Suffrage and civil rights

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Suffrage and civil rights

  1. 1. Suffrage and Civil Rights American Government
  2. 2. Fifteenth Amendment <ul><li>Ratified in 1870-extended suffrage to African American men </li></ul><ul><ul><li>It was not self-executing; meaning it could not enforce implementation </li></ul></ul><ul><li>For approx. 90 years African Americans were kept from the polls (mostly in the South) </li></ul><ul><ul><li>Violence, social pressure, taxes, literacy tests </li></ul></ul><ul><li>Gerrymandering -the practice of drawing electorial district lines in order to limit the voting strength of a particular group or party. </li></ul>
  3. 3. The Democratic Party in the South-Civil Rights Era <ul><li>Political parties were “private sessions” in the South. </li></ul><ul><ul><li>Democrats refused to include blacks </li></ul></ul><ul><ul><li>Only party members could vote in primary elections </li></ul></ul><ul><li>Supreme Court will eventually outlaw private sessions for primaries and gerrymandering for racial discrimination. </li></ul>
  4. 4. Civil Rights Act of 1964 <ul><li>Outlawed discrimination in: </li></ul><ul><ul><li>Jobs </li></ul></ul><ul><ul><li>Voting </li></ul></ul><ul><ul><li>Public places </li></ul></ul><ul><li>Forbids unfair voting practices </li></ul><ul><li>Injunction -is a court order that either compels or restrains the performance of some act by a private individual or by a public official. </li></ul>
  5. 5. Voting Rights Act of 1965 <ul><li>Result of the March to Selma-led by King </li></ul><ul><li>Made the 15 th Amendment effective. </li></ul><ul><ul><li>Applied to all elections, state, local, and federal! </li></ul></ul><ul><li>Suspended the use of literacy tests. </li></ul>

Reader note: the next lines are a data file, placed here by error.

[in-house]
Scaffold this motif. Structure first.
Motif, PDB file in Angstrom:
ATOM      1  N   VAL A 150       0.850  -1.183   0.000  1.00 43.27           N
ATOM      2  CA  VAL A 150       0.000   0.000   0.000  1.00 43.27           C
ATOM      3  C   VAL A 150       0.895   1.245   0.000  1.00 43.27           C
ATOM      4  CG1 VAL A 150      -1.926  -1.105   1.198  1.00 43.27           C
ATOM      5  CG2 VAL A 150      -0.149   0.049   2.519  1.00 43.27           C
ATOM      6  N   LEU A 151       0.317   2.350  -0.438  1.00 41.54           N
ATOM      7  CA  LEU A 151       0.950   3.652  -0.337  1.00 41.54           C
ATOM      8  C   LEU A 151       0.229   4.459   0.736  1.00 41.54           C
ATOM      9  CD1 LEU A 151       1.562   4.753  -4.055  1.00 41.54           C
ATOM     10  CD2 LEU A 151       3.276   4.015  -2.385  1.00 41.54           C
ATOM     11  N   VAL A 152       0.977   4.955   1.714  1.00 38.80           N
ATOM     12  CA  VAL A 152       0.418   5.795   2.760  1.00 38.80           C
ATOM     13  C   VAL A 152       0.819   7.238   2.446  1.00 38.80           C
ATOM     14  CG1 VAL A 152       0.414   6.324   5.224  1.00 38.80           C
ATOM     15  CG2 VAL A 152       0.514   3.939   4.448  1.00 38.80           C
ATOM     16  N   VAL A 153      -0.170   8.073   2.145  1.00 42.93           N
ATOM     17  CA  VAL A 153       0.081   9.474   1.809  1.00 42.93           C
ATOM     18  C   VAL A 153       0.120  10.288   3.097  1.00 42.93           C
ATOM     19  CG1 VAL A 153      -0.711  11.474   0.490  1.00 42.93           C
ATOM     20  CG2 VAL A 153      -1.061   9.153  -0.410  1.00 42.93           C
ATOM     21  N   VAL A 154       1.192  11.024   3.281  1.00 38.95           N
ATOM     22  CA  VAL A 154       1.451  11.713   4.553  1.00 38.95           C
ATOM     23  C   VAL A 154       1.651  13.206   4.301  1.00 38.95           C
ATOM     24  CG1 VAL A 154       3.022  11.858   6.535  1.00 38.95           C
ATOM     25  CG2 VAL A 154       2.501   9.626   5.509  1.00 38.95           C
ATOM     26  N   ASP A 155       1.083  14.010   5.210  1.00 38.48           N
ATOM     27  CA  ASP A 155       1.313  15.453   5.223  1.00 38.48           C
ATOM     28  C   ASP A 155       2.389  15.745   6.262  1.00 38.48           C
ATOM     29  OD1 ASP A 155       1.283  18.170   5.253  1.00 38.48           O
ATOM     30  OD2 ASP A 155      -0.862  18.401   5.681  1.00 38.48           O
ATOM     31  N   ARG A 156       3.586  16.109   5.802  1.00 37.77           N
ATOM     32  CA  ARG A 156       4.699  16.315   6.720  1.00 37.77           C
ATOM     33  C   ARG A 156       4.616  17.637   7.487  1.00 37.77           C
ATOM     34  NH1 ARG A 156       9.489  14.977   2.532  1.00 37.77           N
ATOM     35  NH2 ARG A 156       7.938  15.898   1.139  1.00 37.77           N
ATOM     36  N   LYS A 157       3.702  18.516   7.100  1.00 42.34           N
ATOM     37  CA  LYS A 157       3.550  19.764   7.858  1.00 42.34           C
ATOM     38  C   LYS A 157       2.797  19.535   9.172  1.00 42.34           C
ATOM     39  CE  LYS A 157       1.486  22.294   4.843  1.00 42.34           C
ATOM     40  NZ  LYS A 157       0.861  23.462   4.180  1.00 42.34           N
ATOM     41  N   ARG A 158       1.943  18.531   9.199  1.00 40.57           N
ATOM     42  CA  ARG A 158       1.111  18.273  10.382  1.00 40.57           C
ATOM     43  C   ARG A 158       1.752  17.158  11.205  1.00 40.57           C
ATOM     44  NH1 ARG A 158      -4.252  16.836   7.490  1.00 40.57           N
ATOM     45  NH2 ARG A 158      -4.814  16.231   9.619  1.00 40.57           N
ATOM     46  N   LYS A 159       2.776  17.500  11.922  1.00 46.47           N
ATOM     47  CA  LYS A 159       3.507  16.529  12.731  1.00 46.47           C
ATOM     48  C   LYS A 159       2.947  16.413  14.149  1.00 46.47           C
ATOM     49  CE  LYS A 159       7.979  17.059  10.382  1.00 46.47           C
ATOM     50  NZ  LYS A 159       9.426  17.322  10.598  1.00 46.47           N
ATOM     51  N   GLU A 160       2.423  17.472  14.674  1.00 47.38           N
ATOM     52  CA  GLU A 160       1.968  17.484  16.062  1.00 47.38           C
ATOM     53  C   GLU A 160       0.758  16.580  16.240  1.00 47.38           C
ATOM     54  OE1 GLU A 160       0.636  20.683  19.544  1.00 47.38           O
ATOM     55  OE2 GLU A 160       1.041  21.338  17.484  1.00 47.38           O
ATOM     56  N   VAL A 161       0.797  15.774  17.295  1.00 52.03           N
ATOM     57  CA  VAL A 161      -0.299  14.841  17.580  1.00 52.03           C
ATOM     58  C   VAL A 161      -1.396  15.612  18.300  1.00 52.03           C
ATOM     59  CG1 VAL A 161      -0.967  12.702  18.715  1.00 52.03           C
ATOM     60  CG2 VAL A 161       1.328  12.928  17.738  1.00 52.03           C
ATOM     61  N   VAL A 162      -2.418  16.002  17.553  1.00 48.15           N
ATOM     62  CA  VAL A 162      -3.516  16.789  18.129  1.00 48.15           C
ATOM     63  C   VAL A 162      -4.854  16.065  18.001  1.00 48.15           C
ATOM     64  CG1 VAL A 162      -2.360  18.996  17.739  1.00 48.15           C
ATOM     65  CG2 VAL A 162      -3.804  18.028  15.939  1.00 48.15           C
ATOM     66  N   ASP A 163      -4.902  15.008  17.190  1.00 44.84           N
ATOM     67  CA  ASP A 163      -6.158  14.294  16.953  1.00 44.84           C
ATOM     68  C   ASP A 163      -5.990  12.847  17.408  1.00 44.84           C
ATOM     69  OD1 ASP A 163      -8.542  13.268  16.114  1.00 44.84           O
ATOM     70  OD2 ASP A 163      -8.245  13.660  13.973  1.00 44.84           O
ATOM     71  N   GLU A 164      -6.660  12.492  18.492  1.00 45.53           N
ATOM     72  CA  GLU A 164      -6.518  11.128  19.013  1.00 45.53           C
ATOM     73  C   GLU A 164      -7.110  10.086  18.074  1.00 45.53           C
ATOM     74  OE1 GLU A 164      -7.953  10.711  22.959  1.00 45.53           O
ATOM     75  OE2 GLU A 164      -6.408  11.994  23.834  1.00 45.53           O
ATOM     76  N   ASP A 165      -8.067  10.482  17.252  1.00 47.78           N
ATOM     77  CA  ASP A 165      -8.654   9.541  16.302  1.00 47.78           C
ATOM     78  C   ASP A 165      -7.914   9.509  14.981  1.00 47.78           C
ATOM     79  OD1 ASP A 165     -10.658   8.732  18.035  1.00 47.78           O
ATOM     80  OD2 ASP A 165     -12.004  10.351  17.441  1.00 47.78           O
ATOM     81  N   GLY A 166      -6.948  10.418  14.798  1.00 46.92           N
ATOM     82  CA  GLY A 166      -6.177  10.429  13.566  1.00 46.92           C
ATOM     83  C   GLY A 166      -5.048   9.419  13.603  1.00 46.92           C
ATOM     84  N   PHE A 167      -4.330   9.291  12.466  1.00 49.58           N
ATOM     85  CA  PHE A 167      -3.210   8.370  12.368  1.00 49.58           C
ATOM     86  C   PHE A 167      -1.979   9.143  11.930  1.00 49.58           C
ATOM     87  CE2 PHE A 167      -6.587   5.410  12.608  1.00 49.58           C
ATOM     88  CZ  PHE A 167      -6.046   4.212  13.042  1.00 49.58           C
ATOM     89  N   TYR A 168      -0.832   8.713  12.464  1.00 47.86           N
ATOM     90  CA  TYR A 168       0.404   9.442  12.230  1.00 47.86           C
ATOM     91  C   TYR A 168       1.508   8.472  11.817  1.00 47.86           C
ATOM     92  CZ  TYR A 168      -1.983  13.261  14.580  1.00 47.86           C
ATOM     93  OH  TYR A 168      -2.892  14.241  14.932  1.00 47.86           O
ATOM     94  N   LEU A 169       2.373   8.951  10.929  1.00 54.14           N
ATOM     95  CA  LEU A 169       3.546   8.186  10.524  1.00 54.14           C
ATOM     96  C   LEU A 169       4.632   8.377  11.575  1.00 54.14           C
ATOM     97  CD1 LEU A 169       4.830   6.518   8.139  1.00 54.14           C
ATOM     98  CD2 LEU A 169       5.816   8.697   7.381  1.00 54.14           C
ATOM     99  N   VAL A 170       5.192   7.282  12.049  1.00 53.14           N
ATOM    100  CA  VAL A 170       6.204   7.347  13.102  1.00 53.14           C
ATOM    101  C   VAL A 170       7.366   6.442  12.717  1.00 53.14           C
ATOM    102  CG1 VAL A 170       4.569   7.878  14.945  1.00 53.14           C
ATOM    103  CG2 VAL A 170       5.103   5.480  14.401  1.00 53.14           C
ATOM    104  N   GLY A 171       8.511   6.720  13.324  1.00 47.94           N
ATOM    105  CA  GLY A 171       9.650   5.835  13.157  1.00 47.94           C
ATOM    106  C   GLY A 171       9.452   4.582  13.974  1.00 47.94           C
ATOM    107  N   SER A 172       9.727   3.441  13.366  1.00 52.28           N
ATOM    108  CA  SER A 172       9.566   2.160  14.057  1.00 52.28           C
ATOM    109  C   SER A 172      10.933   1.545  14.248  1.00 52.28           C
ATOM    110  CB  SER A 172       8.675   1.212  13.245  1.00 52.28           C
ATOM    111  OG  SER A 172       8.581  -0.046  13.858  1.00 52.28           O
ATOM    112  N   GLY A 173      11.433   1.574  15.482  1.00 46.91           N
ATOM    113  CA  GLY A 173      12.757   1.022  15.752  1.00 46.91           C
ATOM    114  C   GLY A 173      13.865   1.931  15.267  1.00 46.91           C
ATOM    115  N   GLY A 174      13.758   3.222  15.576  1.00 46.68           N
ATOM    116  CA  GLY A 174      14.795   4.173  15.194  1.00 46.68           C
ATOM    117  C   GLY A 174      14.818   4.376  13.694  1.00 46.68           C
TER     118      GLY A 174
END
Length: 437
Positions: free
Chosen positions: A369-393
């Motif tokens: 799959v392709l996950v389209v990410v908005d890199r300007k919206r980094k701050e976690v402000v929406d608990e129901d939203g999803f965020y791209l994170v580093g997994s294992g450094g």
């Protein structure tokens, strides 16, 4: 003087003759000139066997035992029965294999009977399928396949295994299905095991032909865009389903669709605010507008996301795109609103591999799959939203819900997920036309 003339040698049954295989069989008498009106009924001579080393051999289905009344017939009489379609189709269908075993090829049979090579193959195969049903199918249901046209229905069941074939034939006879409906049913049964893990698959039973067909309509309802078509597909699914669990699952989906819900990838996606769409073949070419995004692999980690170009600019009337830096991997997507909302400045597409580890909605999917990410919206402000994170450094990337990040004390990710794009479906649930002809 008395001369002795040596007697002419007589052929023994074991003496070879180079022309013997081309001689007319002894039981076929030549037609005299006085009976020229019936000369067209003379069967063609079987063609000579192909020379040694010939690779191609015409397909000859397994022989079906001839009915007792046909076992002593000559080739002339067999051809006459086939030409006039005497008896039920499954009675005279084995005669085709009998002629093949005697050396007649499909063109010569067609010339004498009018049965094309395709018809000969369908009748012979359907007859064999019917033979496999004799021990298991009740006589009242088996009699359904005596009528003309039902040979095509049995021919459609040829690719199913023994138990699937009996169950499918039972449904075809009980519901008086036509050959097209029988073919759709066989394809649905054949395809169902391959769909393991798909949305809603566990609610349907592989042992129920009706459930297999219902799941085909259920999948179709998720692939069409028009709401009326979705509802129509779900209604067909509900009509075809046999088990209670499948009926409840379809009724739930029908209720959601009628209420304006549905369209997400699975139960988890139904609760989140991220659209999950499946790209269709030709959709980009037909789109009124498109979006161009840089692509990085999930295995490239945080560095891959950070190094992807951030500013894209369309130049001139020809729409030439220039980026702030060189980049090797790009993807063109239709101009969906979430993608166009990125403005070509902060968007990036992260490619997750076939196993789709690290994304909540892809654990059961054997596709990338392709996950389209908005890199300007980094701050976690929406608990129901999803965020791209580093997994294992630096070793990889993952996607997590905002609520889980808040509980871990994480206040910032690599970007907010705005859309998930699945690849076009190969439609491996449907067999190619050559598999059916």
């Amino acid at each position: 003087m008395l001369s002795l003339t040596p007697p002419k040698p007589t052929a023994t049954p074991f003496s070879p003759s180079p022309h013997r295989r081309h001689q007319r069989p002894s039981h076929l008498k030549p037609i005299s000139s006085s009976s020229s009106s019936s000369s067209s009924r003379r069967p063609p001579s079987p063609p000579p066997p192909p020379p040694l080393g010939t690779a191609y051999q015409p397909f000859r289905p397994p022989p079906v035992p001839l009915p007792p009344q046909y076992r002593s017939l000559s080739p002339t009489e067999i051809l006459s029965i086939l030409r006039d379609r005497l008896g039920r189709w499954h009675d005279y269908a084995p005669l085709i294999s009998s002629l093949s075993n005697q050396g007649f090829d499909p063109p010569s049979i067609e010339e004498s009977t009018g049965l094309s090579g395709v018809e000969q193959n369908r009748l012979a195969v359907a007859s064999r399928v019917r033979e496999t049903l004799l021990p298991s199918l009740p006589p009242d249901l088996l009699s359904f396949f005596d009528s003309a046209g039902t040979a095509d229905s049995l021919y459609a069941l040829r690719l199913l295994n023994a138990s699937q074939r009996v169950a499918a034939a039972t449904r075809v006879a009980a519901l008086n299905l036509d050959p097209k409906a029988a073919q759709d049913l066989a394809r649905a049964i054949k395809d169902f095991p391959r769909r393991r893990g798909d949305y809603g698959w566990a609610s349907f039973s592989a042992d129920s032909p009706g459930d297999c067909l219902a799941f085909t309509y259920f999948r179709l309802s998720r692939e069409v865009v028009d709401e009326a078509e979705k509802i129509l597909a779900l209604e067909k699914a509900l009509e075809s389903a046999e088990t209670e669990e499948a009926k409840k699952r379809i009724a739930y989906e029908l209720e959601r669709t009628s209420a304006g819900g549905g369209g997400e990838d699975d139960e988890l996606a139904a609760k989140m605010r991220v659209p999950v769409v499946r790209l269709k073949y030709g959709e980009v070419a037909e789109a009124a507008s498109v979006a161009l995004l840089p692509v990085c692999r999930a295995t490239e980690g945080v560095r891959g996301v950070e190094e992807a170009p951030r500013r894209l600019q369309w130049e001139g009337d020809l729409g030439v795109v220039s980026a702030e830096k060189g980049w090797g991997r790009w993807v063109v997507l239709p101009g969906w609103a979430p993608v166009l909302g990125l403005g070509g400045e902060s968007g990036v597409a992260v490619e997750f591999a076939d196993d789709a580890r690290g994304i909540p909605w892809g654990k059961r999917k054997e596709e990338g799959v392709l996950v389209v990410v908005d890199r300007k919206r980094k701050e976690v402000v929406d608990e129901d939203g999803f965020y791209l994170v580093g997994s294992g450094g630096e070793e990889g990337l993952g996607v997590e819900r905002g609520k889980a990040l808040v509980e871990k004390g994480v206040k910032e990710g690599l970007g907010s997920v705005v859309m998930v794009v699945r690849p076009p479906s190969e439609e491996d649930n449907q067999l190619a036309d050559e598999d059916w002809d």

6. 6. Preclearance <ul><li>Because of the Voting Rights Act of 1965, no new election laws, and no changes in existing election laws, could go into effect in any Southern states unless first approved by the Department of Justice. </li></ul><ul><li>Monitors: </li></ul><ul><ul><li>Location of polling places </li></ul></ul><ul><ul><li>Boundaries of election districts </li></ul></ul><ul><ul><li>Deadlines in the election process </li></ul></ul><ul><ul><li>Ward, district, or at-large elections </li></ul></ul><ul><ul><li>Qualifications candidates must meet in order to run </li></ul></ul>
  7. 7. Amendments to the Act <ul><li>1975-provisions also cover any State or county where more than 5% of the voting-age population belongs to certain “language minorities.” </li></ul><ul><ul><li>Changed in 1992 to a population of 10,000 or more minority persons. </li></ul></ul><ul><li>Bail out: Only 8 states are still subject to the the Voting Rights Act </li></ul><ul><ul><li>Alabama, Alaska, Arizona, Georgia, Louisiana, Mississippi, S. Carolina, and Texas. </li></ul></ul>

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